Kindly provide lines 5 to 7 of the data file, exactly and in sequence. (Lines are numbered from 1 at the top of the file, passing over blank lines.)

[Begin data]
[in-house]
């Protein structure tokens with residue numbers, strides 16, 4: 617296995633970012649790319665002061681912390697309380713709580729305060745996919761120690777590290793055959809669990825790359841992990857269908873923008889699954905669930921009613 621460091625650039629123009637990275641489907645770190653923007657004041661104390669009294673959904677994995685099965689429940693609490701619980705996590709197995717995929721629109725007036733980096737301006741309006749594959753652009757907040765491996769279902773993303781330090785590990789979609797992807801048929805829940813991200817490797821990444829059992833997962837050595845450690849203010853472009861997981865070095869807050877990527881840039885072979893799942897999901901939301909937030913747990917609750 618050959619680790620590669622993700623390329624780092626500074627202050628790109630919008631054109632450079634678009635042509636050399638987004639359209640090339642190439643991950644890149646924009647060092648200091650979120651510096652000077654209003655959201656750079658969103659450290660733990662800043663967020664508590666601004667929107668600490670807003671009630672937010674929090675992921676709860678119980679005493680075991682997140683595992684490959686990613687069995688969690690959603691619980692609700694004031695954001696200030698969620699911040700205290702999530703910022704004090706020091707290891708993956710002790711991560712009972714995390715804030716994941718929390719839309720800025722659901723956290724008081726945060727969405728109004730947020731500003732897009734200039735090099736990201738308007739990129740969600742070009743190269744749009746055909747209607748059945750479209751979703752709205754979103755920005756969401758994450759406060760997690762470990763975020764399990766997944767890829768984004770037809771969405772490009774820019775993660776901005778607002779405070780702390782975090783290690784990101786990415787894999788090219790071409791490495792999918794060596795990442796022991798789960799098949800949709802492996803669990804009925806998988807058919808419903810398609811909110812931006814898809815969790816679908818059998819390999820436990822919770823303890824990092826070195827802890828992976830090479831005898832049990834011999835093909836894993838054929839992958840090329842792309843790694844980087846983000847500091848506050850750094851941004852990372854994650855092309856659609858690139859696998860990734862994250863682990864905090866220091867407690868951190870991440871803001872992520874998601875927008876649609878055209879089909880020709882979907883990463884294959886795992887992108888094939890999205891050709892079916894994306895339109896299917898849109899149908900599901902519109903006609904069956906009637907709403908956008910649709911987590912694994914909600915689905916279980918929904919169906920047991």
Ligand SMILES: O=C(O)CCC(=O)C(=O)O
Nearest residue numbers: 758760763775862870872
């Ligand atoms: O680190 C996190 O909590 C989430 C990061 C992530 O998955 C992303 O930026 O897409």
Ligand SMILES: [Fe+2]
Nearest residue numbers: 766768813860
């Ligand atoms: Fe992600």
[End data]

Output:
């Ligand atoms: O680190 C996190 O909590 C989430 C990061 C992530 O998955 C992303 O930026 O897409």
Ligand SMILES: [Fe+2]
Nearest residue numbers: 766768813860